Japanese Maple Planting and CareOnce you receive you tree, you should immediately remove it from the plastic bag and place it in a shady spot. Placing the tree in full sun or strong wind will often result in severe shock to the tree. Quart size trees are normally not ready to be planted in the ground. They should be planted in a one gallon size pot for the first season so the root system can become stronger. We normally offer a nice selection of gallon size trees, which are ready to be planted.
* Planting in pots
When growing Japanese Maples in pots, the correct medium is very important. We highly recommend using Pine Bark as your growing medium. Pine bark is a very stable growing medium and is relatively slow to decompose. But most important, Pine bark drains well. Using a well drained soil medium is the MOST important factor when growing Japanese Maple in pots. A well drained medium will result in a well-aerated mix, which is so important with woody ornamentals, and especially important with Japanese Maples. Check your local garden center or better yet, a nearby Nursery for pine bark.
Using Peat based potting soil on its own is one of the worst choices because the roots will have very little air exchange in these types of soils. Standard potting soil is mostly peat moss with a bit of perlite and vermiculite, and is designed to hold moisture. These types of potting soils are perfect for most annuals but terrible for Japanese Maples. You can use regular potting soil if it is only around 30% of your mix. A mix with 30% potting soil, 50% pine bark, and 20% perlite will give you a mix that drains well and allows air exchange on the roots. Also, avoid adding sand to your mix.
* Planting in the ground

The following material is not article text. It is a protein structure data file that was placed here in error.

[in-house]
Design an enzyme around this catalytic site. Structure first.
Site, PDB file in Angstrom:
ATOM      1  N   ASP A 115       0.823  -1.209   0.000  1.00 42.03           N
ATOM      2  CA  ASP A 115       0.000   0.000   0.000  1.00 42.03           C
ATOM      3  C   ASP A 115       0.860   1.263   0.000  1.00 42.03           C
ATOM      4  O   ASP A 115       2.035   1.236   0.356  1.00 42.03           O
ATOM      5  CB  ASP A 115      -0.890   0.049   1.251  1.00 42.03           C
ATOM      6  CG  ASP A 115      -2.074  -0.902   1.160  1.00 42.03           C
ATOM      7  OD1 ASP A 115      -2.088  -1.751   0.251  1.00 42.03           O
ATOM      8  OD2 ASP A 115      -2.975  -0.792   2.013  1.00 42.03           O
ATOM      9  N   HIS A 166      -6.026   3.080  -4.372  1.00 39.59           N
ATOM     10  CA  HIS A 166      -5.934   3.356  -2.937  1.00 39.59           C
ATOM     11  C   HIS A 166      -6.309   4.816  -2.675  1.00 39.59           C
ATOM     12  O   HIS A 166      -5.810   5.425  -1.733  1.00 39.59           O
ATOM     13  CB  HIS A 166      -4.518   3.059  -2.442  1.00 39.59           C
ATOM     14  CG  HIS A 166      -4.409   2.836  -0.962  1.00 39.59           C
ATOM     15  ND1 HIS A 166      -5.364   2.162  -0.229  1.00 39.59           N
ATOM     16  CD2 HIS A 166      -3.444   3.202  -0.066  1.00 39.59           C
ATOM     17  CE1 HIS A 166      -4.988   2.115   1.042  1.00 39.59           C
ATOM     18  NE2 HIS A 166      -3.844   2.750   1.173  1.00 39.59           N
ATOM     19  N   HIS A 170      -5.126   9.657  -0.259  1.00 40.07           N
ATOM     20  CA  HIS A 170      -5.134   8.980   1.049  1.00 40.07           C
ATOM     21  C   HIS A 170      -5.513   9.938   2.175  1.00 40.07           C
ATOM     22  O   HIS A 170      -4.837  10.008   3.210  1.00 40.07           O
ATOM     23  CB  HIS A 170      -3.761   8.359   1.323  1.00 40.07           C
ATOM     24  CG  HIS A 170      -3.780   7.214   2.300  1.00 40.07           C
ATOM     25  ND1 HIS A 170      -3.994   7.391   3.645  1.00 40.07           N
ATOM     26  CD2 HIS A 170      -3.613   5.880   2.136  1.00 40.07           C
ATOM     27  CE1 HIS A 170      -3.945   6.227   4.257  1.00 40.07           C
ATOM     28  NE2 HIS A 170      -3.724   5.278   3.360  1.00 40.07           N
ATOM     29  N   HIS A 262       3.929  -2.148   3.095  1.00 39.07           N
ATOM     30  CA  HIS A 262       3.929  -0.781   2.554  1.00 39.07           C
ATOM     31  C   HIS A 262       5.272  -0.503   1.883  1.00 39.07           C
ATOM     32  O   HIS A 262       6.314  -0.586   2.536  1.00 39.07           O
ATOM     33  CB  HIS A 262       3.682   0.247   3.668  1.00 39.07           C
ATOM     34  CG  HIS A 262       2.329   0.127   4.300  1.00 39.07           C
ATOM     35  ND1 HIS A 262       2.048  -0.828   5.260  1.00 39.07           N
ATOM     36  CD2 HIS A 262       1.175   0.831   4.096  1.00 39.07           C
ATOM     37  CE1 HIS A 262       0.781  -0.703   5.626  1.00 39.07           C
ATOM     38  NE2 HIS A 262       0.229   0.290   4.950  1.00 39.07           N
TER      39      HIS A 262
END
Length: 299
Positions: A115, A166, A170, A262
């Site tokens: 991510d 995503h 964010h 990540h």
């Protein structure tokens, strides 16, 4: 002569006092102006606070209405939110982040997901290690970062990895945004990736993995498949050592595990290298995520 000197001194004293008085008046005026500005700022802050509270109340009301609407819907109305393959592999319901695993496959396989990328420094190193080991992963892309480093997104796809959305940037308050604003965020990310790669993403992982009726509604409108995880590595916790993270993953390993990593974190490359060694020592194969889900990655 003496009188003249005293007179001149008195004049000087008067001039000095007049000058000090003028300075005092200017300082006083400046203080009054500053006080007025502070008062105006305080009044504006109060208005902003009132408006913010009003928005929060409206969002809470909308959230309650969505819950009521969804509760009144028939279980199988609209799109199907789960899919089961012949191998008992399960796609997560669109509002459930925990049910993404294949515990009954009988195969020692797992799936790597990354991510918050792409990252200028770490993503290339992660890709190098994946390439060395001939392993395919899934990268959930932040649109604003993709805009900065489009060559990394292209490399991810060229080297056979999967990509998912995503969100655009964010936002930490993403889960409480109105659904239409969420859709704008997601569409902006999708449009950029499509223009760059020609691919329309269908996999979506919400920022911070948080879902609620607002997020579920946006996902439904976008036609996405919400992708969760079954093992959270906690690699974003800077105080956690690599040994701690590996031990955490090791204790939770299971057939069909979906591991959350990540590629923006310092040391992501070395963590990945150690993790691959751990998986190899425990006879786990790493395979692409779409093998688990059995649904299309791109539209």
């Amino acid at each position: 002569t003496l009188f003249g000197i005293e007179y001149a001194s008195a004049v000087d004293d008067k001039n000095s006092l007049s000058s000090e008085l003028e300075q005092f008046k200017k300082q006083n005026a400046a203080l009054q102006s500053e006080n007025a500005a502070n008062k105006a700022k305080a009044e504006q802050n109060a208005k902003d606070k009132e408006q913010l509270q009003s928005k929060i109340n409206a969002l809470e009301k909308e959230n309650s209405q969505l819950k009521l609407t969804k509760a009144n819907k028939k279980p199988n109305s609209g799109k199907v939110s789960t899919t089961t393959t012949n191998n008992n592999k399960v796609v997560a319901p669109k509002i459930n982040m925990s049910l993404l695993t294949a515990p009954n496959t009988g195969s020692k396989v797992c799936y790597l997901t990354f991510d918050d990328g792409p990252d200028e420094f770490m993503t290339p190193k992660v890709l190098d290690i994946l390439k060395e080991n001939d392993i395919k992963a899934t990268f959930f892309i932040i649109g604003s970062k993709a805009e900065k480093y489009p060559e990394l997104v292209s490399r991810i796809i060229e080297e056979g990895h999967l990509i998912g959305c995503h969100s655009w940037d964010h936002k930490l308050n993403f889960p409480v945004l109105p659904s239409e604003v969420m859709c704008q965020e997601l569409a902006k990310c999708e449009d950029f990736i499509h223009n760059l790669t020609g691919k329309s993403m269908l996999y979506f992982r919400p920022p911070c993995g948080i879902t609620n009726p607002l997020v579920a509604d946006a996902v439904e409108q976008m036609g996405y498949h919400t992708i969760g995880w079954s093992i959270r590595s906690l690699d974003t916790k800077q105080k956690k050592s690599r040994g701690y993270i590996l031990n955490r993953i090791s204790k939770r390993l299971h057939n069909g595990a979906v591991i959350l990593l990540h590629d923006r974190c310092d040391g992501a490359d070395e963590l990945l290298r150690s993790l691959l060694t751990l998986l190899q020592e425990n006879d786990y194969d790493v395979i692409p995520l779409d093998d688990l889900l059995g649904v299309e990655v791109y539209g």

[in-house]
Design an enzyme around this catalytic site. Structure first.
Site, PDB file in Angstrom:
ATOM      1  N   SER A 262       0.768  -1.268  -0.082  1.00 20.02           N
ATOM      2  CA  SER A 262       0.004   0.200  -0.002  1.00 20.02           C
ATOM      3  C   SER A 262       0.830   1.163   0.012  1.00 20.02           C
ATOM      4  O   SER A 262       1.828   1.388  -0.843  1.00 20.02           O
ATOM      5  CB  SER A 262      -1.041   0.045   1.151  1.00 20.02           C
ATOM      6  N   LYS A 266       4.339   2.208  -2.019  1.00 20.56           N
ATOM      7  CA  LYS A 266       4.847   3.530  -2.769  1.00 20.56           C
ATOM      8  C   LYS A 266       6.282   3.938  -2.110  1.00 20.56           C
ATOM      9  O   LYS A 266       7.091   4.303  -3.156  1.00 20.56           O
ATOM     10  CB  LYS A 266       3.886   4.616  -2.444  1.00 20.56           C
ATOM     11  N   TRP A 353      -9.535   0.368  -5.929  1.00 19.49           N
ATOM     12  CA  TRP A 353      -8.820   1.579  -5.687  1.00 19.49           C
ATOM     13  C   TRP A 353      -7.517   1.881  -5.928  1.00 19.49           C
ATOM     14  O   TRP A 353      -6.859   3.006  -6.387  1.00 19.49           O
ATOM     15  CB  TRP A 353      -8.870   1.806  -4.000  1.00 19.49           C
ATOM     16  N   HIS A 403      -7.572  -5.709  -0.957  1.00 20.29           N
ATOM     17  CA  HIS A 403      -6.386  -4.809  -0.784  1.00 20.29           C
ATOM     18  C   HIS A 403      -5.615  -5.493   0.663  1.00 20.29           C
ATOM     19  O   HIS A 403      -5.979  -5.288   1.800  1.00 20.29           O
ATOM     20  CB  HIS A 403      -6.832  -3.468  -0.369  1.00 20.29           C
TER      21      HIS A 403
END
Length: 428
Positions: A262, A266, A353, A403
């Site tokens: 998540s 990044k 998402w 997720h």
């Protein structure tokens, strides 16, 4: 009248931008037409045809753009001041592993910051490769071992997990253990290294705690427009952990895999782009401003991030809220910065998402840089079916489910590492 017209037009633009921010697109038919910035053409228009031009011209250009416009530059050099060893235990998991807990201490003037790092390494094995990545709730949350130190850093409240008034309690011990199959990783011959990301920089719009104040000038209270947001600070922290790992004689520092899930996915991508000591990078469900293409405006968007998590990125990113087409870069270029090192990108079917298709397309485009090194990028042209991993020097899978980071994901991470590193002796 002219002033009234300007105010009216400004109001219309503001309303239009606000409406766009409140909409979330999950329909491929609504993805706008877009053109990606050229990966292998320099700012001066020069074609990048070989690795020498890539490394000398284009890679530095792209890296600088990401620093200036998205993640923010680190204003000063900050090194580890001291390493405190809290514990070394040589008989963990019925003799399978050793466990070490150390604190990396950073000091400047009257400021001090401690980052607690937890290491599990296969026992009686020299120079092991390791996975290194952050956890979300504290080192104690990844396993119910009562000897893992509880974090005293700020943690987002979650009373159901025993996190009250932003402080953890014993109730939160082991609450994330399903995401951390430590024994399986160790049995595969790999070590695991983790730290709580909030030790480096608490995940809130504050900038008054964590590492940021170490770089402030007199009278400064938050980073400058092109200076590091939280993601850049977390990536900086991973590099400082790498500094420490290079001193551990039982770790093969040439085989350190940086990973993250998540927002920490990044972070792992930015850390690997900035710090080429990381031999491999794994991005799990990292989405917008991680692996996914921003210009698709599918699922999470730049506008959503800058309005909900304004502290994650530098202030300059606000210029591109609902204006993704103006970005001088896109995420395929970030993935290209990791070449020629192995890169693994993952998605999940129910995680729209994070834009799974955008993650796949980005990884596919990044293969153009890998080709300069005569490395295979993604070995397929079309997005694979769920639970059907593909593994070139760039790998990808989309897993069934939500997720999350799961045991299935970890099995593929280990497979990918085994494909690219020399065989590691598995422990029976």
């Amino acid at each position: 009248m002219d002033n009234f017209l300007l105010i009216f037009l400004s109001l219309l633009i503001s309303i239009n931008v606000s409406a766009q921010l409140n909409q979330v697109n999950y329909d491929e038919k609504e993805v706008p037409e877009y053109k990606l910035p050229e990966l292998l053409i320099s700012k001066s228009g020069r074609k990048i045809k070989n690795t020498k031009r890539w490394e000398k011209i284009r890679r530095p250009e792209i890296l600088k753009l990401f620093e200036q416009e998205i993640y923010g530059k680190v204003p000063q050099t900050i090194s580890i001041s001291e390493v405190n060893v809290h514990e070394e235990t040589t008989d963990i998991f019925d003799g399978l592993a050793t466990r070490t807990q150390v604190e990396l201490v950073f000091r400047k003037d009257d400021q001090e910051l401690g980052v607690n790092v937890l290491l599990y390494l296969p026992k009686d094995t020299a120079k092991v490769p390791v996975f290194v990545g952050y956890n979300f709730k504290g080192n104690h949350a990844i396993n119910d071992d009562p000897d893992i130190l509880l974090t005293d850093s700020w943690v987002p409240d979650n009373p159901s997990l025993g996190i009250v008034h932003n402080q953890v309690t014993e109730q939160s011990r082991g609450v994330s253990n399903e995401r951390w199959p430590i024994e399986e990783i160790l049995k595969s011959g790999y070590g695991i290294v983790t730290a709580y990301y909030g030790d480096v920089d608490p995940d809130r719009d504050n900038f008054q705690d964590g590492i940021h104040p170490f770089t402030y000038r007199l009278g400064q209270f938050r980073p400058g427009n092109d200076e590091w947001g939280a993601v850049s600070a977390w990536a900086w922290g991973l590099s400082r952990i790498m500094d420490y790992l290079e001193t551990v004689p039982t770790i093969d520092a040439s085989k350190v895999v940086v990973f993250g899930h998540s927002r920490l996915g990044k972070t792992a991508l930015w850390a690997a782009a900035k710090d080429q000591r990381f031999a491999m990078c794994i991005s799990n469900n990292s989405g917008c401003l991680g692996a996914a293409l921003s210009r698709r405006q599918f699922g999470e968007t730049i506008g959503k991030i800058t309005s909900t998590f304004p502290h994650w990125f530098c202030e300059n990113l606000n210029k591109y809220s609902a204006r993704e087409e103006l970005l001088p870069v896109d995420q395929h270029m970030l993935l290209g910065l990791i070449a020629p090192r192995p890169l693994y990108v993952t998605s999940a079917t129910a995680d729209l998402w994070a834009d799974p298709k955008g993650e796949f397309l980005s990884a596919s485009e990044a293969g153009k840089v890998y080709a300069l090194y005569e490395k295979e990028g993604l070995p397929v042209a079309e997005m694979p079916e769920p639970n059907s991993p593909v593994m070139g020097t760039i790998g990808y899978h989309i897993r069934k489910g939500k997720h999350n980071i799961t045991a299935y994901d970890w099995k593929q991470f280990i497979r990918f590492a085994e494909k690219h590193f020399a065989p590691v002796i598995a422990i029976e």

When planting your new tree in the ground, it is important to choose the correct location. Most Japanese Maples prefer morning sun and afternoon shade. If planted in full sun, the tree will be under more stress, especially before it has established a good root system in the ground. Extra care will be needed to make sure the roots do not dry out during the first season after you have planted it. When digging the planting hole, it is important to dig a hole that is 4-5 times wider then the root ball. Remember that most of the roots will spread out horizontally from the tree. If you have clay soil, remove as much of it as possible. Replace the soil with a mix of bark and peat moss. Be sure to raise the soil level a couple inches so the new maple is planted on a mound. This will allow the good drainage that is so important to Japanese Maples. It is also very important to mulch around the newly planted tree. Mulch will protect the root system and also provide nutrients as it decomposes.
A low dose of time release fertilizer in spring is also very beneficial. We sell small containers of time release fertilizer that is specially formulated for Japanese Maples. Avoid using liquid fertilizer. This type of fertilizer provides too much initial feed. Japanese Maples prefer more of a coninuous feed of a lower dose of fertilizer. Time release type fertilizer provides a slower release over the whole growing season.
* Winter Care
Winter is a great time to ship Japanese Maples because they are dormant and not easily stressed from the shipping process. If you purchase a Japanese Maple in winter, it is important to protect it from temperatures much below 20F. Storing the tree in an un-heated garage or shed is the best option. Do not be tempted to store the maple in your house. It needs to stay cold and dormant for the winter months, which is very important for the health of the tree.